Beethoven: Fidelio; Leonore Overture No. 1; Leonore Overture No. 2; Leonore Overture No. 3

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COMPOSERS: Beethoven
LABELS: Teldec
WORKS: Fidelio; Leonore Overture No. 1; Leonore Overture No. 2; Leonore Overture No. 3
PERFORMER: Waltraud Meier, Plácido Domingo, René Pape, Soile Isokoski, Werner Güra; German State Opera Chorus, Berlin Staatskapelle/Daniel Barenboim
CATALOGUE NO: 3984-25249-2
Consistency and coherence are the hallmarks of Barenboim’s traditionalist Fidelio, a slap in the face to authenticists and their kind, but a triumphant vindication of Beethoven’s oft-maligned musico-dramatic vision. Originating in semi-staged performances in Chicago, shorn of dialogue but provided with a newly minted narration devised by Edward Said (reprinted in the booklet but not included on the recording), this Fidelio unfolds as a symphonic array of sharply etched musical snapshots, diverse in character but unified by a singular intensity of purpose.


The co-ordinates of this Fidelio are well mapped out from the outset by the preference for the brooding second Leonore Overture and the (Beethoven-sanctioned) reversal of the first two vocal numbers: Marzelline’s plainte d’amour is presented here as no mere stage pathos, but symptomatic of the deeper malaise pervading the entire opera, thereby subordinating the problematic Singspiel qualities of the first scene to the weightier overview. The Marzelline and Jaquino – the excellently paired Soile Isokoski and Werner Güra – are ideally cast here, darker of voice than usual and, in the Quartet, perfectly integrated with the genial Rocco of René Pape and the remarkable Leonore of Waltraud Meier.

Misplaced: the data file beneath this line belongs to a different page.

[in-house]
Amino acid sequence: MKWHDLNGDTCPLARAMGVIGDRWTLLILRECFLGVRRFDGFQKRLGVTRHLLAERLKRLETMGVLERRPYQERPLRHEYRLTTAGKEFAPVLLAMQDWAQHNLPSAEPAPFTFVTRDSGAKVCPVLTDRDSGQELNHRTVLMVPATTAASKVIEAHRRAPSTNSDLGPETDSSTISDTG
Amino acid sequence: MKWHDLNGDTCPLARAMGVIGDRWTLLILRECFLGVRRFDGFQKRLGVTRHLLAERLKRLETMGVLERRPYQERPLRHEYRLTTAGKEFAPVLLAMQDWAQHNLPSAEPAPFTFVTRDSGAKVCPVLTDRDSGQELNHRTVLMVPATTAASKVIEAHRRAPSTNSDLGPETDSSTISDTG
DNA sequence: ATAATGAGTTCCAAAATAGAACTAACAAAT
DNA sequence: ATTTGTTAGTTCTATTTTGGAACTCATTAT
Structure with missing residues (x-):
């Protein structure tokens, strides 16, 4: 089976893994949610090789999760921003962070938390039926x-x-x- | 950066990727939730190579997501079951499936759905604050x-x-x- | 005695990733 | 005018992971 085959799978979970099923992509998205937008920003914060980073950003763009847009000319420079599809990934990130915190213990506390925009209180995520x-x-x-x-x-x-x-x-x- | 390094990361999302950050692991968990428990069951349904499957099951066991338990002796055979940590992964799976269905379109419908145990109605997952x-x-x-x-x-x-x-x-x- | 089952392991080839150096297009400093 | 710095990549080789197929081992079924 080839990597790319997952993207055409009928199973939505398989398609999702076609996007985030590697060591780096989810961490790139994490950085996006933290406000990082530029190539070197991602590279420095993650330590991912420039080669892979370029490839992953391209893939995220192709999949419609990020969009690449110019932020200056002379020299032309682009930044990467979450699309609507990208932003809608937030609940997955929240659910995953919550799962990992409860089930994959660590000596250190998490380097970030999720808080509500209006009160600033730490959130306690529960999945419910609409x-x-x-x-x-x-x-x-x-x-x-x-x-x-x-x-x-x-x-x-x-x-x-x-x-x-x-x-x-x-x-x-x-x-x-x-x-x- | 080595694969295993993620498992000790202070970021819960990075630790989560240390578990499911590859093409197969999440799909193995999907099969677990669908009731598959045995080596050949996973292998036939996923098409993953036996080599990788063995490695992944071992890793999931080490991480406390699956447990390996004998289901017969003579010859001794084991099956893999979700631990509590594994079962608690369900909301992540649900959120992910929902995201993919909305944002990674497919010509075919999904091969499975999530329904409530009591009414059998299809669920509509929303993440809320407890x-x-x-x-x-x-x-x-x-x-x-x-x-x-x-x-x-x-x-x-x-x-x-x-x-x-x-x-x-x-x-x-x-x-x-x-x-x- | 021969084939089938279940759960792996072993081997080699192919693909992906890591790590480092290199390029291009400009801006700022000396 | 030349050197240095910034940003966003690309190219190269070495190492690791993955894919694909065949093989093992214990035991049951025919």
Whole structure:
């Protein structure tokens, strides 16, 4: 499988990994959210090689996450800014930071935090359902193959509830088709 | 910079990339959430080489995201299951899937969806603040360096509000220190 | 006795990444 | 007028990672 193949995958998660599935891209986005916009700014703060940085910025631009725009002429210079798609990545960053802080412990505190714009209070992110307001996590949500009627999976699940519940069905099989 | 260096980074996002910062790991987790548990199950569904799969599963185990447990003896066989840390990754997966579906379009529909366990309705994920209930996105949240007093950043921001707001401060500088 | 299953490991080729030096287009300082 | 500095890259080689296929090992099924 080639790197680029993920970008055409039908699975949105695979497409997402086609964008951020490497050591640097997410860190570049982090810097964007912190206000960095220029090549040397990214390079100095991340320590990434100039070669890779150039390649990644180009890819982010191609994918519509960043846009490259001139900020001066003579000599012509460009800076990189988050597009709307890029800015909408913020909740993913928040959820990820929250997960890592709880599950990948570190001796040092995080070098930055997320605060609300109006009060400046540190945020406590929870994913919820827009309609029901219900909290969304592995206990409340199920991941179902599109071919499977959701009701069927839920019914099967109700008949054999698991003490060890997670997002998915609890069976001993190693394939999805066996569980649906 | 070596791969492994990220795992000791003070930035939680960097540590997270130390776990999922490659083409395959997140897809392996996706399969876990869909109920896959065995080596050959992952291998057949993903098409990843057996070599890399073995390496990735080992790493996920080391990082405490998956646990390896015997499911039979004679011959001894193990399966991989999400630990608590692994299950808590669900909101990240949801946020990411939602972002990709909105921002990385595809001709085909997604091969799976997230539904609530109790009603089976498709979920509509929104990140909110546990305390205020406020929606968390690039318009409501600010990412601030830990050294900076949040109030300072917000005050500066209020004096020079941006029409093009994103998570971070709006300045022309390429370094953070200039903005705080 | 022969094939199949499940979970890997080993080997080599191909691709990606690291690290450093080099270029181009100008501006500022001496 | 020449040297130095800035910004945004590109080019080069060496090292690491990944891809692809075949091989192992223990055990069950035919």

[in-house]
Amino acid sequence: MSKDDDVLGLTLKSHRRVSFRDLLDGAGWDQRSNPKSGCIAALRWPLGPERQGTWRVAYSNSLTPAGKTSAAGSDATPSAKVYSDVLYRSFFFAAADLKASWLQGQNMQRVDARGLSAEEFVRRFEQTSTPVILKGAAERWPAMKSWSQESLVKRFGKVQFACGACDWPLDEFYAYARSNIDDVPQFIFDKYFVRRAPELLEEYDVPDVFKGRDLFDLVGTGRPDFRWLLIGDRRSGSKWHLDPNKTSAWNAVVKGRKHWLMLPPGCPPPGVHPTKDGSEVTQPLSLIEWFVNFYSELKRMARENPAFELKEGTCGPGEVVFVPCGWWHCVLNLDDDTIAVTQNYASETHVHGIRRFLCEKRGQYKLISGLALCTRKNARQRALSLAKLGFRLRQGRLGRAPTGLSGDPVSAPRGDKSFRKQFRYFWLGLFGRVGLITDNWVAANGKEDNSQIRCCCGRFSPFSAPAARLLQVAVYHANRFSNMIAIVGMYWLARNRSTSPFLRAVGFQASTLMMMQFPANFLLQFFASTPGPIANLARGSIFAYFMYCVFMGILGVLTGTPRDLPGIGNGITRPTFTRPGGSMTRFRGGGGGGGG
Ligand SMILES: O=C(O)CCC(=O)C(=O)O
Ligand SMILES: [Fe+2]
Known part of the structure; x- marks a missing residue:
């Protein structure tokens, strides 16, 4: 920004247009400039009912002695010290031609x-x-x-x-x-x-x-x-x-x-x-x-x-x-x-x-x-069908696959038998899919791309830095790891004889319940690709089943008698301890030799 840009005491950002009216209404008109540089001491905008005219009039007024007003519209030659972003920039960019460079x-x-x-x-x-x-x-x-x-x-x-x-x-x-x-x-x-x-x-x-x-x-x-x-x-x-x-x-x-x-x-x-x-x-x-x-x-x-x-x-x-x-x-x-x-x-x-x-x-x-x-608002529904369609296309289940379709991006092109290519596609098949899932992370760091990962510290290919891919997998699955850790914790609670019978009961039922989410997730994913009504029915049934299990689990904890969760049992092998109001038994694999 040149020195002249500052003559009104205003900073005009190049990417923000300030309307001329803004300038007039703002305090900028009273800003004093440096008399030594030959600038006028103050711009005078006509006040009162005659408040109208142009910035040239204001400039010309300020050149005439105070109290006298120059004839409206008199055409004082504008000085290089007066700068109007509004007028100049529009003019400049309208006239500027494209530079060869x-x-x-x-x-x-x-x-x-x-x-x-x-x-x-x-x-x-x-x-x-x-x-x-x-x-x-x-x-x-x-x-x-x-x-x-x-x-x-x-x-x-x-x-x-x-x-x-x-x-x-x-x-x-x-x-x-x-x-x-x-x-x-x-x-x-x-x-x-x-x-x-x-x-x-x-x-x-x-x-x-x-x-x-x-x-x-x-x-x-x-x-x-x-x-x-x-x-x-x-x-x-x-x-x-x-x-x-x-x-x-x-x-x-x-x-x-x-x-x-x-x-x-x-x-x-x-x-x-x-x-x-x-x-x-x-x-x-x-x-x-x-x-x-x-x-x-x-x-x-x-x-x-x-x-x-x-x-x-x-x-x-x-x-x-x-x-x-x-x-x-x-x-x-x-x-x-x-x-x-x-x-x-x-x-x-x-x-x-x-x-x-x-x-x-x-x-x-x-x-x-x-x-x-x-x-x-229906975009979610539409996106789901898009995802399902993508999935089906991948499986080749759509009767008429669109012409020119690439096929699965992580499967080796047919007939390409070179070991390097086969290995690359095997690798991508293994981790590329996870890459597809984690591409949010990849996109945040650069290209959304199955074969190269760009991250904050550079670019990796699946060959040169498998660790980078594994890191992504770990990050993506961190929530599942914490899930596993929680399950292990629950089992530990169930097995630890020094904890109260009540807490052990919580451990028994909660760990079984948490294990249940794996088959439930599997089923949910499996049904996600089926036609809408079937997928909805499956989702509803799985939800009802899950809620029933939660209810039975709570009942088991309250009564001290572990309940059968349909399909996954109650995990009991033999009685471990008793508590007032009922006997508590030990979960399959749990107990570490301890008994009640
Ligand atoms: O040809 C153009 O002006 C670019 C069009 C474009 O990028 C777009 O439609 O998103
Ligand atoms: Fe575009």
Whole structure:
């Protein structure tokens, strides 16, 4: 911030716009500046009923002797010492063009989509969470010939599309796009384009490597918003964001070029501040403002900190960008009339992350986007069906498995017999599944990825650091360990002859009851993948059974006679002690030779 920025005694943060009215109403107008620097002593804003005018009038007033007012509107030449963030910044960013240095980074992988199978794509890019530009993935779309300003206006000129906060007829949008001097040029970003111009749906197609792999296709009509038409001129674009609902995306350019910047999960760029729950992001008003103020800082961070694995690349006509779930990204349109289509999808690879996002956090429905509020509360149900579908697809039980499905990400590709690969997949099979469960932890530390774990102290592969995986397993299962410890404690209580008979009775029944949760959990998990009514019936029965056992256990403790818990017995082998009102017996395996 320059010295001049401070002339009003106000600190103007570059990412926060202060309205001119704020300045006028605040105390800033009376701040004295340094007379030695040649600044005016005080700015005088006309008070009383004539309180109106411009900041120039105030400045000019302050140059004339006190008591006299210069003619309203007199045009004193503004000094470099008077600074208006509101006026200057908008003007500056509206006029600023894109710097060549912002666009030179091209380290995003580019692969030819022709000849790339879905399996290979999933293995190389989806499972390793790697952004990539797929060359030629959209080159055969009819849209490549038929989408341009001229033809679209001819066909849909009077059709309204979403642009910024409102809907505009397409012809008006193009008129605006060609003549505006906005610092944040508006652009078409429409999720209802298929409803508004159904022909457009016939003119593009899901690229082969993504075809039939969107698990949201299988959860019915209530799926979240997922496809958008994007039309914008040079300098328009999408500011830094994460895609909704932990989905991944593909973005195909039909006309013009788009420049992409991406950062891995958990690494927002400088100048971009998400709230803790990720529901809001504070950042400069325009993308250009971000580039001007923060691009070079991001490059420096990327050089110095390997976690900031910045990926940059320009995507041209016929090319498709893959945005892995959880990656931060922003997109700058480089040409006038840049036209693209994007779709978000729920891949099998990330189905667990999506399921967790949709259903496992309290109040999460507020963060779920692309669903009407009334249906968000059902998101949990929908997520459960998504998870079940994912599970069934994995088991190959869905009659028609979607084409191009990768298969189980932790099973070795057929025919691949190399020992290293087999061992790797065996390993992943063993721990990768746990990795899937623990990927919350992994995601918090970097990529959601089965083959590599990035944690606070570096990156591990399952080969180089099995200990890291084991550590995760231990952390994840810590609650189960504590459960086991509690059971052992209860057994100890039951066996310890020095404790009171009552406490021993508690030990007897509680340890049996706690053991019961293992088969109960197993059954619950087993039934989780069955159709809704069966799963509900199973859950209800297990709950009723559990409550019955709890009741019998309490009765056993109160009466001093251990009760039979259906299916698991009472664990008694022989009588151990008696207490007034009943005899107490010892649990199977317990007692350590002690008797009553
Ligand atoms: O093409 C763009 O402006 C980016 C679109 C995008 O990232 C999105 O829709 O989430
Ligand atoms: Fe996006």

Meier must indeed be the most accomplished Leonore for many years, finding no apparent rupture between the proto-Wagnerian rhetoric of ‘Abscheulicher!’ and the almost Gluckian severity of the succeeding ‘Komm, Hoffnung’. As with Domingo’s similarly peerless, aristocratic Florestan – effortlessly despatched – technique and interpretation are indistinguishable. With the addition of Falk Struckmann’s irascible Pizarro, robust contributions from the Chorus of Berlin’s German State Opera and first-class playing from the Berlin Staatskapelle, this absorbing Fidelio must surely replace the ubiquitous Klemperer as the current benchmark – and not before time.